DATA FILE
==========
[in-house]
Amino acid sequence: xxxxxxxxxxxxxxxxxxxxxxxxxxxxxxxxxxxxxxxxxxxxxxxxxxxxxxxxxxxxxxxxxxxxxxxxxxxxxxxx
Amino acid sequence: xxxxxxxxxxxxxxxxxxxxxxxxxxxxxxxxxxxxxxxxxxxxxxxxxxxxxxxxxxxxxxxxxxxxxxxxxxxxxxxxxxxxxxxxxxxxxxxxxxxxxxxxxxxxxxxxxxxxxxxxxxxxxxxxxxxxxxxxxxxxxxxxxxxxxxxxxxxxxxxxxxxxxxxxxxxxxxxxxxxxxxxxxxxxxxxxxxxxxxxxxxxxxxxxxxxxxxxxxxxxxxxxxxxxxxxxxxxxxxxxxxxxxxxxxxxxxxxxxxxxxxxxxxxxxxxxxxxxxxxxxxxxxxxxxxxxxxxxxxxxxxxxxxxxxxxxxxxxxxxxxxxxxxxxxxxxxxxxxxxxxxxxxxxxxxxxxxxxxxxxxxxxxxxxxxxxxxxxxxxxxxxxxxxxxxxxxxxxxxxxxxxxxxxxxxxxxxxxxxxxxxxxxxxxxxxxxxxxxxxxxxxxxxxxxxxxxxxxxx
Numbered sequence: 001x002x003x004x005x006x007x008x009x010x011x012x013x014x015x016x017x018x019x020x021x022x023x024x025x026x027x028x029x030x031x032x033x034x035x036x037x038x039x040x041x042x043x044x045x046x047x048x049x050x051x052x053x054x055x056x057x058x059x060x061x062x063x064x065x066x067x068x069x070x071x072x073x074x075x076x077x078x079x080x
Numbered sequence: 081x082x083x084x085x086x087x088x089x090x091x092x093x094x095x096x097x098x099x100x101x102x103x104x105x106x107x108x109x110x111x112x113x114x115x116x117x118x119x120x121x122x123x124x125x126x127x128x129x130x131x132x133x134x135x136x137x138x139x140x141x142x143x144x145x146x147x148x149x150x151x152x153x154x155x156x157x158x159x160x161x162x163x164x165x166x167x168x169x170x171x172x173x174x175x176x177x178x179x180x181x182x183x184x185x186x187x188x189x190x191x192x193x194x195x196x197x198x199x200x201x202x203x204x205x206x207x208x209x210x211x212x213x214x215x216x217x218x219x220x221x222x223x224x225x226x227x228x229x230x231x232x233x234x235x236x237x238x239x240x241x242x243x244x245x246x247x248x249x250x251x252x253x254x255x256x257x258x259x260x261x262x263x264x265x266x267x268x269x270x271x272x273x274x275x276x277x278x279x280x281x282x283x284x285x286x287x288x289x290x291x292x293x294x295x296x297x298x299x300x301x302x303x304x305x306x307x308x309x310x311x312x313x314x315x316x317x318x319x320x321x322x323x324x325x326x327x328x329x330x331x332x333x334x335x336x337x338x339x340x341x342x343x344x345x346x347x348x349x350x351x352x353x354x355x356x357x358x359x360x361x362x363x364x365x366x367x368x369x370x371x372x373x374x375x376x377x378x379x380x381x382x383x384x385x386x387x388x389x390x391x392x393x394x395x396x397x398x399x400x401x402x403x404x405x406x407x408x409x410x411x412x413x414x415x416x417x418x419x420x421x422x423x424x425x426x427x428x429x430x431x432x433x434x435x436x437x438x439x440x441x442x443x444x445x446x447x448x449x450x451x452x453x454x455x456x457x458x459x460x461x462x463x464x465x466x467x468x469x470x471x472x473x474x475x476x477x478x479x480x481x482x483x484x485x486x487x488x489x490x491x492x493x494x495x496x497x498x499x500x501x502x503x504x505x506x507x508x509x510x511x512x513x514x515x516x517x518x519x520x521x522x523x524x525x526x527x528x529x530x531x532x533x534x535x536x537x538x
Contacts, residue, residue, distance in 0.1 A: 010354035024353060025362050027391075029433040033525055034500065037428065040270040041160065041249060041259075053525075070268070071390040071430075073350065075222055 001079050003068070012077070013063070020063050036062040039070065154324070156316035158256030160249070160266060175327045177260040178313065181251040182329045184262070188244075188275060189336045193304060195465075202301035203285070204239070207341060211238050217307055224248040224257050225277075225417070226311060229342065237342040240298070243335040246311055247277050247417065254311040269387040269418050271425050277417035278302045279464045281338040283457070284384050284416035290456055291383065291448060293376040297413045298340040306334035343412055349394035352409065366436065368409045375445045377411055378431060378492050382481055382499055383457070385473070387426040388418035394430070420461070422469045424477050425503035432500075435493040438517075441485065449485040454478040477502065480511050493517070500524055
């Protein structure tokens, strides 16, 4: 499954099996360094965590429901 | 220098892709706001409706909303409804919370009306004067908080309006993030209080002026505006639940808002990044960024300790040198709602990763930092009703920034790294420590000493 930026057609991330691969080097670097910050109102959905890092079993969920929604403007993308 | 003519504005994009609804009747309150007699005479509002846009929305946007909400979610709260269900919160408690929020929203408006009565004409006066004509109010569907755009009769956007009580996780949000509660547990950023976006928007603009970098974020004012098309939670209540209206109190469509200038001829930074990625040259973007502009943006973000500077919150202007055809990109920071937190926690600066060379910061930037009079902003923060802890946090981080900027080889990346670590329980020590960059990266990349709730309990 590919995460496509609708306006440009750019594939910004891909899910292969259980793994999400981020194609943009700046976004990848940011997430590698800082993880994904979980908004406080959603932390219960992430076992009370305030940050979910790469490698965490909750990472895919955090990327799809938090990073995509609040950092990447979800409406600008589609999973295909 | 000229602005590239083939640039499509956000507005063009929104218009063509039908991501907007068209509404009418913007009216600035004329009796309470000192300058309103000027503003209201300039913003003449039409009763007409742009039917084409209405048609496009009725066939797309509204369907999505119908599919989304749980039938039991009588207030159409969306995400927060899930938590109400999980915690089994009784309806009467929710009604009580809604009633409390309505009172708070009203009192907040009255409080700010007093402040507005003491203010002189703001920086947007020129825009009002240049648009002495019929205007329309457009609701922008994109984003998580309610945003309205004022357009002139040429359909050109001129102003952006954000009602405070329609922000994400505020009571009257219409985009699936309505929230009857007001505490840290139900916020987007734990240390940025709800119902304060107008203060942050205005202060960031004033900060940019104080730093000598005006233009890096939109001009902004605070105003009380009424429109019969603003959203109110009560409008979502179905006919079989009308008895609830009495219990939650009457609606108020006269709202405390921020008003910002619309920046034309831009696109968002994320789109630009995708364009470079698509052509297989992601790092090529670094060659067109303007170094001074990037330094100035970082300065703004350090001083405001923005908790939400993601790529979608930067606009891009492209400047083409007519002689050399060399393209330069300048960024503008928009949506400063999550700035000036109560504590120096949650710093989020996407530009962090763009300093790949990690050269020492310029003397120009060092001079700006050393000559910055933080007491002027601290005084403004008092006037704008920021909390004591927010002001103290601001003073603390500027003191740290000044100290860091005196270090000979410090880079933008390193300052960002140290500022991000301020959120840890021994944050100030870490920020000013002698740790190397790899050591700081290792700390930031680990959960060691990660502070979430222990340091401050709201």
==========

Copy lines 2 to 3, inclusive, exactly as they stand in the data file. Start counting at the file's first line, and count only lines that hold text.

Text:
Amino acid sequence: xxxxxxxxxxxxxxxxxxxxxxxxxxxxxxxxxxxxxxxxxxxxxxxxxxxxxxxxxxxxxxxxxxxxxxxxxxxxxxxx
Amino acid sequence: xxxxxxxxxxxxxxxxxxxxxxxxxxxxxxxxxxxxxxxxxxxxxxxxxxxxxxxxxxxxxxxxxxxxxxxxxxxxxxxxxxxxxxxxxxxxxxxxxxxxxxxxxxxxxxxxxxxxxxxxxxxxxxxxxxxxxxxxxxxxxxxxxxxxxxxxxxxxxxxxxxxxxxxxxxxxxxxxxxxxxxxxxxxxxxxxxxxxxxxxxxxxxxxxxxxxxxxxxxxxxxxxxxxxxxxxxxxxxxxxxxxxxxxxxxxxxxxxxxxxxxxxxxxxxxxxxxxxxxxxxxxxxxxxxxxxxxxxxxxxxxxxxxxxxxxxxxxxxxxxxxxxxxxxxxxxxxxxxxxxxxxxxxxxxxxxxxxxxxxxxxxxxxxxxxxxxxxxxxxxxxxxxxxxxxxxxxxxxxxxxxxxxxxxxxxxxxxxxxxxxxxxxxxxxxxxxxxxxxxxxxxxxxxxxxxxxxxxxx